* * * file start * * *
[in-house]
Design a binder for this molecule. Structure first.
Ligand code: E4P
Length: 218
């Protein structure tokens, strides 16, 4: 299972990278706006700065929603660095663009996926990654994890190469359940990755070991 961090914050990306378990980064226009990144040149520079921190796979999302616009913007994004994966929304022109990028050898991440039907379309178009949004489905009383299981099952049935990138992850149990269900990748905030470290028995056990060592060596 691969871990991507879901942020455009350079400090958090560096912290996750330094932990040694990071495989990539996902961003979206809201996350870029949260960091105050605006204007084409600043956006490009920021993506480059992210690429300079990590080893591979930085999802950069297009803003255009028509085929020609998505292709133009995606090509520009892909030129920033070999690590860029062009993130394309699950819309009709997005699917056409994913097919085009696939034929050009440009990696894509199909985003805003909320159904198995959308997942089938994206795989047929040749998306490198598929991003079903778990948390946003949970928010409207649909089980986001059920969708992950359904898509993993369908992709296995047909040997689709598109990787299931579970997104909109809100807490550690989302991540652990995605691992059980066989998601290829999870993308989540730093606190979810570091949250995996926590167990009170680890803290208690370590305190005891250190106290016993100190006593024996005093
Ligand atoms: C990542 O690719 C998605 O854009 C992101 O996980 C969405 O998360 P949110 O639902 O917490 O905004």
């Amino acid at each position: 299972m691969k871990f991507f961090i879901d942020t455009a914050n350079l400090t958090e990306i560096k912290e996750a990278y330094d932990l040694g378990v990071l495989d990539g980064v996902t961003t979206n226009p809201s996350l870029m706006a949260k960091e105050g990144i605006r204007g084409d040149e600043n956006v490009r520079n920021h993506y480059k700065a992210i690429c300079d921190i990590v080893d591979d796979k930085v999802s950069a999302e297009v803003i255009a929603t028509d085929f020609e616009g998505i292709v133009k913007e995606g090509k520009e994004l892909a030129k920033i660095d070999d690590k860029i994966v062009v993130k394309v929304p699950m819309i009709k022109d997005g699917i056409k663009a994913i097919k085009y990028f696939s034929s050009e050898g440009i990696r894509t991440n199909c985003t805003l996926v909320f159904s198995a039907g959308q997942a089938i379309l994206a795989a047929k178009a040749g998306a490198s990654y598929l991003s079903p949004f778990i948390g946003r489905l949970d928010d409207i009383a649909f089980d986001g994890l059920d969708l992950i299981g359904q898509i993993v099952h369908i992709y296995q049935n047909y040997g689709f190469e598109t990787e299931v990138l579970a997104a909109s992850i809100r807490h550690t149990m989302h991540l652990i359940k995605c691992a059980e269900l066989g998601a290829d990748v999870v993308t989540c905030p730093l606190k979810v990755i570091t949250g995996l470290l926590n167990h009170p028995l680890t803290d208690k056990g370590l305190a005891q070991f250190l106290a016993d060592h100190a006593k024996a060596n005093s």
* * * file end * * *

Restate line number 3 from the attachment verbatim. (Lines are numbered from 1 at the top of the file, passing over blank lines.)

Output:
Ligand code: E4P